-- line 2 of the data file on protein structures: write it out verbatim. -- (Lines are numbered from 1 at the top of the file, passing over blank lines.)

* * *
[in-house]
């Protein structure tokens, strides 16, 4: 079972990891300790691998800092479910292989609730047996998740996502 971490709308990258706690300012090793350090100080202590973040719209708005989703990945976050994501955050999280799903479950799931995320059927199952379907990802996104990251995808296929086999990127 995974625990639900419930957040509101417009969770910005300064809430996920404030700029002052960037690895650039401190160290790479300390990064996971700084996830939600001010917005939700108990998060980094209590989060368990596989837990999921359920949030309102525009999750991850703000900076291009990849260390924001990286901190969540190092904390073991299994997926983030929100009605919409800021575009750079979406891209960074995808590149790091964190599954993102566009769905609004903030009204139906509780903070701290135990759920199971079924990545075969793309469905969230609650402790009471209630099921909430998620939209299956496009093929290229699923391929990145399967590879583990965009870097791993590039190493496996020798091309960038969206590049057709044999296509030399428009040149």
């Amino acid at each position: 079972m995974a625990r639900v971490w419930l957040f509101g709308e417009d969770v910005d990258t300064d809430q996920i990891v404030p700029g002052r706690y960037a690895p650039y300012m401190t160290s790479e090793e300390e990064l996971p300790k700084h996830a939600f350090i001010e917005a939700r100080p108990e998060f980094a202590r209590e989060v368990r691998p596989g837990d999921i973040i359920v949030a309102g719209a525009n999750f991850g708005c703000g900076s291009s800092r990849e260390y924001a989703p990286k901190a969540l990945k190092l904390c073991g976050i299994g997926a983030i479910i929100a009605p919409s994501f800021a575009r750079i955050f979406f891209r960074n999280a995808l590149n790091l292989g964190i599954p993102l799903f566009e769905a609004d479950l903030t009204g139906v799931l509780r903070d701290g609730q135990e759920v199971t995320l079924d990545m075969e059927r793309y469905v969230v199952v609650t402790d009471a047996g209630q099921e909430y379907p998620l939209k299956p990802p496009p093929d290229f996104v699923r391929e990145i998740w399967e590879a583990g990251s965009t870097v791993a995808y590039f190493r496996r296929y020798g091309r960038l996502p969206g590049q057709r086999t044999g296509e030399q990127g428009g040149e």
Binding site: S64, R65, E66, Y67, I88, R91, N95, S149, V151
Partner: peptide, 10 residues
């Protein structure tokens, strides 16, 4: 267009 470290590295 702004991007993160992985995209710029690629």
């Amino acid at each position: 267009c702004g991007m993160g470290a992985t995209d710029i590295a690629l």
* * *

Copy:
């Protein structure tokens, strides 16, 4: 079972990891300790691998800092479910292989609730047996998740996502 971490709308990258706690300012090793350090100080202590973040719209708005989703990945976050994501955050999280799903479950799931995320059927199952379907990802996104990251995808296929086999990127 995974625990639900419930957040509101417009969770910005300064809430996920404030700029002052960037690895650039401190160290790479300390990064996971700084996830939600001010917005939700108990998060980094209590989060368990596989837990999921359920949030309102525009999750991850703000900076291009990849260390924001990286901190969540190092904390073991299994997926983030929100009605919409800021575009750079979406891209960074995808590149790091964190599954993102566009769905609004903030009204139906509780903070701290135990759920199971079924990545075969793309469905969230609650402790009471209630099921909430998620939209299956496009093929290229699923391929990145399967590879583990965009870097791993590039190493496996020798091309960038969206590049057709044999296509030399428009040149």